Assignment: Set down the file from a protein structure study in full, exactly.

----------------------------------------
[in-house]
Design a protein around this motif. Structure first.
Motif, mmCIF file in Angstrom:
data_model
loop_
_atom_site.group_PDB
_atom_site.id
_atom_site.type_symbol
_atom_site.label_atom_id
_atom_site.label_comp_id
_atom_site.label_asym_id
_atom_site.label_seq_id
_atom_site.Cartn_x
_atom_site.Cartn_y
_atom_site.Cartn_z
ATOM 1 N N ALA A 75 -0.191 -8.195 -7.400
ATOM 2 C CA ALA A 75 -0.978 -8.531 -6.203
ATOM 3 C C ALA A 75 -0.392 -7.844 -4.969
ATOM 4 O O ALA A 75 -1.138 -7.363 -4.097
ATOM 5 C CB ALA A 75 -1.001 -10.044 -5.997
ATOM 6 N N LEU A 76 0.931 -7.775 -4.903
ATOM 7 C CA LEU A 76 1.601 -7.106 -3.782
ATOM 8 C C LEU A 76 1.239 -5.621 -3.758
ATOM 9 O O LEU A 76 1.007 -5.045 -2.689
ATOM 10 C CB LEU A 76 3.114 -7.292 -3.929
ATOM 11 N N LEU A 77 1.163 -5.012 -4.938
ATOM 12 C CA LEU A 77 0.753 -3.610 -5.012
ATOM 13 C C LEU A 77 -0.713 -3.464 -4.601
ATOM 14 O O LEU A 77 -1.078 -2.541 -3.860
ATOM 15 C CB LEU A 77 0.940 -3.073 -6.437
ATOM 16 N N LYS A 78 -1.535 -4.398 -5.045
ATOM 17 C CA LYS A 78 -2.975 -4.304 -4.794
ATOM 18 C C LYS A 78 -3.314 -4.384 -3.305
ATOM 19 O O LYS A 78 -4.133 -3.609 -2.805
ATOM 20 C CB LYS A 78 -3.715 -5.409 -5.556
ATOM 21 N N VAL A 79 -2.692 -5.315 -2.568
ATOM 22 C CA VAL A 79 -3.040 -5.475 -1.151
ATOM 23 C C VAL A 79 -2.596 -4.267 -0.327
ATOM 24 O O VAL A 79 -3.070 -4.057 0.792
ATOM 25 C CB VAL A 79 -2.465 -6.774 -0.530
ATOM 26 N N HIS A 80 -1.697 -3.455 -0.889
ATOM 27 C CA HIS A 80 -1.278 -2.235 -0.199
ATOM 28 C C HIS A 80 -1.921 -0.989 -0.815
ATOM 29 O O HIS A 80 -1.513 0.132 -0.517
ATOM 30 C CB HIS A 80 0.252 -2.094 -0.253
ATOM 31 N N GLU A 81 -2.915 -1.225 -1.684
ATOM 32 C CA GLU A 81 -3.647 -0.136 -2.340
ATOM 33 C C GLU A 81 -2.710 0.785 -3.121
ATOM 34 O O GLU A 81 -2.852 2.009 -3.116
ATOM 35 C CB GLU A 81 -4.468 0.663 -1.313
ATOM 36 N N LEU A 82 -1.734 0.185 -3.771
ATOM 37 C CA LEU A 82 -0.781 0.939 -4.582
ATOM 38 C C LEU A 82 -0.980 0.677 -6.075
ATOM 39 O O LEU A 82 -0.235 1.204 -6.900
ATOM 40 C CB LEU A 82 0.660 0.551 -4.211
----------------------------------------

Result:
[in-house]
Design a protein around this motif. Structure first.
Motif, mmCIF file in Angstrom:
data_model
loop_
_atom_site.group_PDB
_atom_site.id
_atom_site.type_symbol
_atom_site.label_atom_id
_atom_site.label_comp_id
_atom_site.label_asym_id
_atom_site.label_seq_id
_atom_site.Cartn_x
_atom_site.Cartn_y
_atom_site.Cartn_z
ATOM 1 N N ALA A 75 -0.191 -8.195 -7.400
ATOM 2 C CA ALA A 75 -0.978 -8.531 -6.203
ATOM 3 C C ALA A 75 -0.392 -7.844 -4.969
ATOM 4 O O ALA A 75 -1.138 -7.363 -4.097
ATOM 5 C CB ALA A 75 -1.001 -10.044 -5.997
ATOM 6 N N LEU A 76 0.931 -7.775 -4.903
ATOM 7 C CA LEU A 76 1.601 -7.106 -3.782
ATOM 8 C C LEU A 76 1.239 -5.621 -3.758
ATOM 9 O O LEU A 76 1.007 -5.045 -2.689
ATOM 10 C CB LEU A 76 3.114 -7.292 -3.929
ATOM 11 N N LEU A 77 1.163 -5.012 -4.938
ATOM 12 C CA LEU A 77 0.753 -3.610 -5.012
ATOM 13 C C LEU A 77 -0.713 -3.464 -4.601
ATOM 14 O O LEU A 77 -1.078 -2.541 -3.860
ATOM 15 C CB LEU A 77 0.940 -3.073 -6.437
ATOM 16 N N LYS A 78 -1.535 -4.398 -5.045
ATOM 17 C CA LYS A 78 -2.975 -4.304 -4.794
ATOM 18 C C LYS A 78 -3.314 -4.384 -3.305
ATOM 19 O O LYS A 78 -4.133 -3.609 -2.805
ATOM 20 C CB LYS A 78 -3.715 -5.409 -5.556
ATOM 21 N N VAL A 79 -2.692 -5.315 -2.568
ATOM 22 C CA VAL A 79 -3.040 -5.475 -1.151
ATOM 23 C C VAL A 79 -2.596 -4.267 -0.327
ATOM 24 O O VAL A 79 -3.070 -4.057 0.792
ATOM 25 C CB VAL A 79 -2.465 -6.774 -0.530
ATOM 26 N N HIS A 80 -1.697 -3.455 -0.889
ATOM 27 C CA HIS A 80 -1.278 -2.235 -0.199
ATOM 28 C C HIS A 80 -1.921 -0.989 -0.815
ATOM 29 O O HIS A 80 -1.513 0.132 -0.517
ATOM 30 C CB HIS A 80 0.252 -2.094 -0.253
ATOM 31 N N GLU A 81 -2.915 -1.225 -1.684
ATOM 32 C CA GLU A 81 -3.647 -0.136 -2.340
ATOM 33 C C GLU A 81 -2.710 0.785 -3.121
ATOM 34 O O GLU A 81 -2.852 2.009 -3.116
ATOM 35 C CB GLU A 81 -4.468 0.663 -1.313
ATOM 36 N N LEU A 82 -1.734 0.185 -3.771
ATOM 37 C CA LEU A 82 -0.781 0.939 -4.582
ATOM 38 C C LEU A 82 -0.980 0.677 -6.075
ATOM 39 O O LEU A 82 -0.235 1.204 -6.900
ATOM 40 C CB LEU A 82 0.660 0.551 -4.211